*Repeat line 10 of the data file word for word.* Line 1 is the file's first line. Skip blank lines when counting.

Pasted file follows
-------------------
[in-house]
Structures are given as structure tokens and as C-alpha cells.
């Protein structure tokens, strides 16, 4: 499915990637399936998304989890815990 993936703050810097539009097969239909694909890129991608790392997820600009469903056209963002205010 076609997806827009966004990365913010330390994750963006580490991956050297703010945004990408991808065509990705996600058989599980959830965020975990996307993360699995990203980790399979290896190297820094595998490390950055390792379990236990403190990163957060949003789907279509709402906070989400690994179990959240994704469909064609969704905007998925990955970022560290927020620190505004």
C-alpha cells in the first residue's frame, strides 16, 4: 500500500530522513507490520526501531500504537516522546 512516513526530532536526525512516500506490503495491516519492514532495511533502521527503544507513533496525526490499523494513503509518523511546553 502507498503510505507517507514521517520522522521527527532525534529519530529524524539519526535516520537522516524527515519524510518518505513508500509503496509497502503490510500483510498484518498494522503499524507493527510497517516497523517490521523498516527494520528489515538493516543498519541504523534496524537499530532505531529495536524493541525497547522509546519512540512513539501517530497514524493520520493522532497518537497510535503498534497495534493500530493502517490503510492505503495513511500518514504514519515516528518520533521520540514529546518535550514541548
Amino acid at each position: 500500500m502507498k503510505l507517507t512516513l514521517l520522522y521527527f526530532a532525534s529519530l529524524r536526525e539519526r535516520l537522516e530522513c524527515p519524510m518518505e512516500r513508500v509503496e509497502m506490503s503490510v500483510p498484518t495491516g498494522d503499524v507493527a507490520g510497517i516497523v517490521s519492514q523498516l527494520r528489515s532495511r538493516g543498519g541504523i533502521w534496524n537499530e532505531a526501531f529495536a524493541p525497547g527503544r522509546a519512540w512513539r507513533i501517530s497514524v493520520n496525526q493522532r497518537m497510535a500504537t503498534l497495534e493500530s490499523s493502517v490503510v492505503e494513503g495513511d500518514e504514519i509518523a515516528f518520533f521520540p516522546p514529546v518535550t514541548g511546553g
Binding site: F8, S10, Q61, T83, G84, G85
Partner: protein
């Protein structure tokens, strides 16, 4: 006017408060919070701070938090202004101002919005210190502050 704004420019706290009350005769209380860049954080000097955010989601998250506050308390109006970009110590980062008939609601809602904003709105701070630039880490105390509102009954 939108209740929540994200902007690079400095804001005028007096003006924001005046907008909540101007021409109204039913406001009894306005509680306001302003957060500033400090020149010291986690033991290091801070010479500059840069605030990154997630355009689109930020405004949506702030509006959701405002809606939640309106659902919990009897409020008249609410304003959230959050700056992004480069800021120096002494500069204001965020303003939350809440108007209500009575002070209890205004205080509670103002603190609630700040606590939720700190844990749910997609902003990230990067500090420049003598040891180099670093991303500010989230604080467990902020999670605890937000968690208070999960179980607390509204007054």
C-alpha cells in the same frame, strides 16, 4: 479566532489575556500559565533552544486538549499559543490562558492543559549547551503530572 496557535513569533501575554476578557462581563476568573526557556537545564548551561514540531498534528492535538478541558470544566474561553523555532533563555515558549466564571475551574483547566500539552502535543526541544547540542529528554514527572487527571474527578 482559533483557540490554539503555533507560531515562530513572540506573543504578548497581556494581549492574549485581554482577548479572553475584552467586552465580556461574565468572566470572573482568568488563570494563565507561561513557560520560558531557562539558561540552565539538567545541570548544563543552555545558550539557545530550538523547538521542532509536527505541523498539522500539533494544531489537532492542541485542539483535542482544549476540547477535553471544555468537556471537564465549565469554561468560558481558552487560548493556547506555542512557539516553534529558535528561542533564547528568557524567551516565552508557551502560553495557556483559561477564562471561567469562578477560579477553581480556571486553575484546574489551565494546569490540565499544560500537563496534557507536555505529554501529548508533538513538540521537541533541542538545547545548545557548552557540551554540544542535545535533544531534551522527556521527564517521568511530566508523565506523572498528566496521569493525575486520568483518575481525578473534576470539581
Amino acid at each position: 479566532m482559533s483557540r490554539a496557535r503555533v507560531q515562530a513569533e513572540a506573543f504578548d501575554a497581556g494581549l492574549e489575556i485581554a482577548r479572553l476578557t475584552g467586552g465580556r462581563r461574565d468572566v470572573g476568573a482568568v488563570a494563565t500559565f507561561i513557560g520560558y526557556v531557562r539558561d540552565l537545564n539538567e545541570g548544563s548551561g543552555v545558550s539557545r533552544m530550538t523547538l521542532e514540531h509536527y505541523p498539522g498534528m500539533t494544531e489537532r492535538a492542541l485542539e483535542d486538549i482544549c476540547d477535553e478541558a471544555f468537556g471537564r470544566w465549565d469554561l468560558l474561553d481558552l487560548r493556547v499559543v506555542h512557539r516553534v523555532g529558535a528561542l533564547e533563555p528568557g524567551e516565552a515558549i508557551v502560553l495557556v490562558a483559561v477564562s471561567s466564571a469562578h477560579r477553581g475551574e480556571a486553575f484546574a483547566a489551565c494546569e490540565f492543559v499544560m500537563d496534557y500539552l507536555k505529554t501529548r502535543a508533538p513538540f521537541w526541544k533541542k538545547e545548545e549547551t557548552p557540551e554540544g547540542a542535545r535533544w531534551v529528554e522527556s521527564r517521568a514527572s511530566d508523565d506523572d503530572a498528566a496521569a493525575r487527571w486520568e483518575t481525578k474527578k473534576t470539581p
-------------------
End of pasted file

Amino acid at each position: 479566532m482559533s483557540r490554539a496557535r503555533v507560531q515562530a513569533e513572540a506573543f504578548d501575554a497581556g494581549l492574549e489575556i485581554a482577548r479572553l476578557t475584552g467586552g465580556r462581563r461574565d468572566v470572573g476568573a482568568v488563570a494563565t500559565f507561561i513557560g520560558y526557556v531557562r539558561d540552565l537545564n539538567e545541570g548544563s548551561g543552555v545558550s539557545r533552544m530550538t523547538l521542532e514540531h509536527y505541523p498539522g498534528m500539533t494544531e489537532r492535538a492542541l485542539e483535542d486538549i482544549c476540547d477535553e478541558a471544555f468537556g471537564r470544566w465549565d469554561l468560558l474561553d481558552l487560548r493556547v499559543v506555542h512557539r516553534v523555532g529558535a528561542l533564547e533563555p528568557g524567551e516565552a515558549i508557551v502560553l495557556v490562558a483559561v477564562s471561567s466564571a469562578h477560579r477553581g475551574e480556571a486553575f484546574a483547566a489551565c494546569e490540565f492543559v499544560m500537563d496534557y500539552l507536555k505529554t501529548r502535543a508533538p513538540f521537541w526541544k533541542k538545547e545548545e549547551t557548552p557540551e554540544g547540542a542535545r535533544w531534551v529528554e522527556s521527564r517521568a514527572s511530566d508523565d506523572d503530572a498528566a496521569a493525575r487527571w486520568e483518575t481525578k474527578k473534576t470539581p